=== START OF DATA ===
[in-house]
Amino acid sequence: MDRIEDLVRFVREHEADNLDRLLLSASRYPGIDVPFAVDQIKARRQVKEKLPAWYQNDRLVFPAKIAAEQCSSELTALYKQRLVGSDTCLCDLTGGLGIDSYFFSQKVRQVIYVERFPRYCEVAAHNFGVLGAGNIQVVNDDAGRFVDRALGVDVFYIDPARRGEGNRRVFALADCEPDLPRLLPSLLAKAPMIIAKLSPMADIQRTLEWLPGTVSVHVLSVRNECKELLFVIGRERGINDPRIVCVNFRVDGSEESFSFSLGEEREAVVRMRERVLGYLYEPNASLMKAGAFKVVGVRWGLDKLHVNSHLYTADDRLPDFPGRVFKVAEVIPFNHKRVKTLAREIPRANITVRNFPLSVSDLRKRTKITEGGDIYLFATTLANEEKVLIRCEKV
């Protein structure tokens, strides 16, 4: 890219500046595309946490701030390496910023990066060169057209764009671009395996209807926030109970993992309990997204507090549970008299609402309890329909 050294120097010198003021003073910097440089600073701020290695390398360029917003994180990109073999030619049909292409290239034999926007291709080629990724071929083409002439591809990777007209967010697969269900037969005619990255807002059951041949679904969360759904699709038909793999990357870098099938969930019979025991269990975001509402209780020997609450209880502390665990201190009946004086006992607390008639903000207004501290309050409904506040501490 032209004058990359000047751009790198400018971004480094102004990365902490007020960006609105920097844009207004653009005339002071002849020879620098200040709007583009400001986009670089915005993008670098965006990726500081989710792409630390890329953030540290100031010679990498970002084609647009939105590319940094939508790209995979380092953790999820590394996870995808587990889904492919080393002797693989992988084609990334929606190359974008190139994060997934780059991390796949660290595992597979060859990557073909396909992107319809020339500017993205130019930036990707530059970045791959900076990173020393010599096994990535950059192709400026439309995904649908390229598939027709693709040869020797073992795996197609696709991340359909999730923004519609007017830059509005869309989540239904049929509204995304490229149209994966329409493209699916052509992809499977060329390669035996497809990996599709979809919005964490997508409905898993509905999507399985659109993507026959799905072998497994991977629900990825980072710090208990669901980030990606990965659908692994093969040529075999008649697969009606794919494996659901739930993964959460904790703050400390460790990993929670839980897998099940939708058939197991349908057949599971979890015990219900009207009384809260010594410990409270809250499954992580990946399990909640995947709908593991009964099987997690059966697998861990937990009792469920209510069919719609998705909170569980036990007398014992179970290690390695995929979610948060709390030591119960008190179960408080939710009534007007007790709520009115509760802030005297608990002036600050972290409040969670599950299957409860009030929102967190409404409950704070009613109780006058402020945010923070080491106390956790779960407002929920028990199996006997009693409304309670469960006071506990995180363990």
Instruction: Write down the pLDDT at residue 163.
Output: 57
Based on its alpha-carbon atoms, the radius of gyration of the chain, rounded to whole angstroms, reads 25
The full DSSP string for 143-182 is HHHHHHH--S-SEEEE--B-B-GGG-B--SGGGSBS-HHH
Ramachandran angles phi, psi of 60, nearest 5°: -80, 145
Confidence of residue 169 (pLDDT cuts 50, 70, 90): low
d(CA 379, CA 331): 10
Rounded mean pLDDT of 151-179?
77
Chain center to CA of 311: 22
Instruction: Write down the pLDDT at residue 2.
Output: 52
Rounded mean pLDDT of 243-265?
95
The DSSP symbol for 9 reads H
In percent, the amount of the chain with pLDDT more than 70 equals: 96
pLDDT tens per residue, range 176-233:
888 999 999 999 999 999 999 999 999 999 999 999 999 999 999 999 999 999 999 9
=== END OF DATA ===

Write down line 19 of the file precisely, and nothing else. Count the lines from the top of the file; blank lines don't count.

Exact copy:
In percent, the amount of the chain with pLDDT more than 70 equals: 96